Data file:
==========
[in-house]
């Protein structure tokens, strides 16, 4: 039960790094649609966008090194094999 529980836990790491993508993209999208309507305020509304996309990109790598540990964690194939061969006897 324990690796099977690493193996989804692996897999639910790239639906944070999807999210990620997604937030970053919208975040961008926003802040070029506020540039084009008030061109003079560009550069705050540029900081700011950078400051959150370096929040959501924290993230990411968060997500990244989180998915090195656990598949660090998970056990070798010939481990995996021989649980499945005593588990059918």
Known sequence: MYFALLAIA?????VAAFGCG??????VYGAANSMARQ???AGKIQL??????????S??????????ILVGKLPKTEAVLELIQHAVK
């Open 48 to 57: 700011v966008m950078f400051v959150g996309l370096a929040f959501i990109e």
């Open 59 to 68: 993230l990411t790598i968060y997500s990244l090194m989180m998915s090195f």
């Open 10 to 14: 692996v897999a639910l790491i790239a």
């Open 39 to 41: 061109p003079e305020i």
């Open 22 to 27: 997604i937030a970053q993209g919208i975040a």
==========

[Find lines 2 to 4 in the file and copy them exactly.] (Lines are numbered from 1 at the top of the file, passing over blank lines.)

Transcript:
């Protein structure tokens, strides 16, 4: 039960790094649609966008090194094999 529980836990790491993508993209999208309507305020509304996309990109790598540990964690194939061969006897 324990690796099977690493193996989804692996897999639910790239639906944070999807999210990620997604937030970053919208975040961008926003802040070029506020540039084009008030061109003079560009550069705050540029900081700011950078400051959150370096929040959501924290993230990411968060997500990244989180998915090195656990598949660090998970056990070798010939481990995996021989649980499945005593588990059918």
Known sequence: MYFALLAIA?????VAAFGCG??????VYGAANSMARQ???AGKIQL??????????S??????????ILVGKLPKTEAVLELIQHAVK
């Open 48 to 57: 700011v966008m950078f400051v959150g996309l370096a929040f959501i990109e």